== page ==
Mr Ross Taylor trained in general and vascular surgery at the RVI under the direction of Ivan Johnson, Professor of Surgery. As a senior registrar he assisted Professor Swinney at the first renal transplant performed at the RVI in 1967 when transplant services moved from NGH. He was appointed Consultant and Senior Lecturer in Transplant and Vascular Surgery in 1970 and became Consultant in charge of renal transplantation when Prof Swinney retired in 1973. He continued in this role until he retired in 1993. As well as directing the surgical transplant team, he led a research group which made important contributions to our knowledge of transplant immunology.
Dr Michael Ward
Dr Michael Ward had his first contact with the renal unit as a medical student when he undertook a research project under the direction of Professor Kerr. After postgraduate training in general medicine and nephrology at Newcastle and the Hammersmith Hospital he was appointed Consultant Physician and Nephrologist in Newcastle in 1980. His main research interest was in the complications of long-term dialysis and he made important contributions to our understanding of renal bone disease. He retired in 2008.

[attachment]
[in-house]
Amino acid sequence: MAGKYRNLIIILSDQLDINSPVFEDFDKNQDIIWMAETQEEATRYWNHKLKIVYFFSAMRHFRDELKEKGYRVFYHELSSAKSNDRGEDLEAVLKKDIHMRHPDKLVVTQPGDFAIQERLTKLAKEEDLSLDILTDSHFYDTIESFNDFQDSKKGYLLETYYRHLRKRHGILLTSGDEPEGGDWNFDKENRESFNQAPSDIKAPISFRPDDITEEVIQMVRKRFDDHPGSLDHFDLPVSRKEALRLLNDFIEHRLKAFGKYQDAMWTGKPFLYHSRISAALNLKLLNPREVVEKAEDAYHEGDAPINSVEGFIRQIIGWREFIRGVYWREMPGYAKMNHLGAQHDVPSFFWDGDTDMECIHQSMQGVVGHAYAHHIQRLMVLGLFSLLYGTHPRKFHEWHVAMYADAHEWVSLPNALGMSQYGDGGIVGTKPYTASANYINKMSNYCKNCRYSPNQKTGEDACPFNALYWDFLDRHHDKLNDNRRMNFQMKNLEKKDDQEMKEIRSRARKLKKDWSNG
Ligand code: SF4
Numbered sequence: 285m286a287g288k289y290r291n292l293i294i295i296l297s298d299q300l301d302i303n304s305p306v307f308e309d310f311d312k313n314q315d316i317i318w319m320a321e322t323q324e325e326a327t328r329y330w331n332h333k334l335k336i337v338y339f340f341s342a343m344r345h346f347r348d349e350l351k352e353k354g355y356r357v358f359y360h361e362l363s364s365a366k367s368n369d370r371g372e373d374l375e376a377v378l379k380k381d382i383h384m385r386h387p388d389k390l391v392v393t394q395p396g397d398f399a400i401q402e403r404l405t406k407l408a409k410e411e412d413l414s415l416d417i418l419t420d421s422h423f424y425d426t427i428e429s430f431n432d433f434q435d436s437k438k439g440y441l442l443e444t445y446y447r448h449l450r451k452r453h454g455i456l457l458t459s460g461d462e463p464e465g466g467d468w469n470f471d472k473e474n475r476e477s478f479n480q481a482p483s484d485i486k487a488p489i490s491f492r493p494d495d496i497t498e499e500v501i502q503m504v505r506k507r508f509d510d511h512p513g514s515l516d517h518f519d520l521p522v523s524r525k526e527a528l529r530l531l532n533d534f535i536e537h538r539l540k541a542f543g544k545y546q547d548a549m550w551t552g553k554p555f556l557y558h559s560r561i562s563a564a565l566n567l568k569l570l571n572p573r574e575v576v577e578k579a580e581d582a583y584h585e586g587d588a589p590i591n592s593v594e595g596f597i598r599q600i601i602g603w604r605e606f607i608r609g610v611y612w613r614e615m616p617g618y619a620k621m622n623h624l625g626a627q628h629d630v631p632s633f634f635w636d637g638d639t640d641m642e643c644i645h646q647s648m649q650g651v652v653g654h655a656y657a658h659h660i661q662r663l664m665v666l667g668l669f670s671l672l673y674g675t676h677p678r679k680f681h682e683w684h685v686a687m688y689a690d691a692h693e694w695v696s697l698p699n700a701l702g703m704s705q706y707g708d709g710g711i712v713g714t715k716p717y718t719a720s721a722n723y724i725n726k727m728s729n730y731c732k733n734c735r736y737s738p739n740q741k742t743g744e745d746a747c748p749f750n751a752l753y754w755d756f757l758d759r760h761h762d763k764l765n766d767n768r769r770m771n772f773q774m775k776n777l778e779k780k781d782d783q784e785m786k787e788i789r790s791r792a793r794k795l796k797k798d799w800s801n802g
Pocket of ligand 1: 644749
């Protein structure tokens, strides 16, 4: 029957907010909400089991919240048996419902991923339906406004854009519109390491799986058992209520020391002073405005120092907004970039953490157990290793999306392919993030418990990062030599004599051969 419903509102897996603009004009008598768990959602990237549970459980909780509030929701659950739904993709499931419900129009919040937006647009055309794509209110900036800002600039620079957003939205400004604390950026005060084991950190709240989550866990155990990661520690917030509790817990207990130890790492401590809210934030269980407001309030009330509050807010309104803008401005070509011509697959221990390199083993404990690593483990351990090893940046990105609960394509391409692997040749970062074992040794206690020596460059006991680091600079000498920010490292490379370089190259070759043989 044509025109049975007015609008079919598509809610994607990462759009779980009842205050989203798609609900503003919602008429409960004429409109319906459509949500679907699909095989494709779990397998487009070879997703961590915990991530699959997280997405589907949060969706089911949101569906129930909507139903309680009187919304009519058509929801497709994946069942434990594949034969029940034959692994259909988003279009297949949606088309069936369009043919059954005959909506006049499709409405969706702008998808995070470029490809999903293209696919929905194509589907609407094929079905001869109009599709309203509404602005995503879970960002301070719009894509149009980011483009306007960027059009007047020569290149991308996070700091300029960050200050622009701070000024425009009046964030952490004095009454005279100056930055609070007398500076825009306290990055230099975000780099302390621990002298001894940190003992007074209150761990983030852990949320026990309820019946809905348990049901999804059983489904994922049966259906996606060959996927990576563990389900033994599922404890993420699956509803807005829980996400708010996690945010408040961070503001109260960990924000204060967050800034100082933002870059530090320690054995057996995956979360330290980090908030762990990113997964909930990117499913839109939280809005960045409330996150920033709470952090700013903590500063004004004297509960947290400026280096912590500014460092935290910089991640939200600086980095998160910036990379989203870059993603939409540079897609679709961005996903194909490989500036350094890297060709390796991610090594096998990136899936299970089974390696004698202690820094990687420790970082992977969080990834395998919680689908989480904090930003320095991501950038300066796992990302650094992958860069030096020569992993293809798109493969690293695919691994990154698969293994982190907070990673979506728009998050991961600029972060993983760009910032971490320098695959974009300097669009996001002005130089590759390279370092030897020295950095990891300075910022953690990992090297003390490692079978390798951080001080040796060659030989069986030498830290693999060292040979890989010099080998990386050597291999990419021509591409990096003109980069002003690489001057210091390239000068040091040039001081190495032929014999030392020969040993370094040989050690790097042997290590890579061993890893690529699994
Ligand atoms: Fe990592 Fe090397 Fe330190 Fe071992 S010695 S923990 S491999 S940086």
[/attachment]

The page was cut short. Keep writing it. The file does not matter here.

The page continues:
Professor Tim Goodship
Professor Tim Goodship was appointed Senior Lecturer in 1990 having first joined the Renal Unit as a Registrar in 1981. After a period of research examining nutrition in patients undergoing treatment with peritoneal dialysis, he moved to Boston, USA where he undertook further nutritional studies at the Massachusetts Institute of Technology and Harvard Medical School. After his appointment he established a research programme initially in nutrition but later also in renal genetics examining particularly rare renal diseases such as vesico-ureteric reflux (VUR) and atypical haemolytic uraemic syndrome (aHUS).
In recent years he established and oversaw the national service for aHUS including treatment with the complement inhibitor eculizumab. In 2016, the National Renal Complement Therapeutics Centre opened at the RVI, providing national advice on the management of atypical haemolytic uraemic syndrome and C3 glomerulopathy.
Dr John Tapson
Dr John Tapson also joined the renal unit as a senior registrar and was appointed a consultant in 1990. He trained in Guy’s Hospital, London and Brighton, and spent a year in Toronto gaining expertise in peritoneal dialysis, which he brought back to the Newcastle unit. Dr Tapson oversaw the merging of the renal units at the RVI and Freeman Hospital into a single haemodialysis unit on ward 22, and a single renal ward 4 with the renal transplant ward 6a at Freeman Hospital in 1993.
Dr Tapson as renal Clinical Director then worked to develop a new renal ward (ward 32) and dialysis unit (ward 31) within the new NCCC block at Freeman Hospital, which opened in 2009. He also worked with colleagues, notably Professor Derek Manas, to develop the UK’s first dedicated Institute of Transplantation at Freeman, which opened in 2011.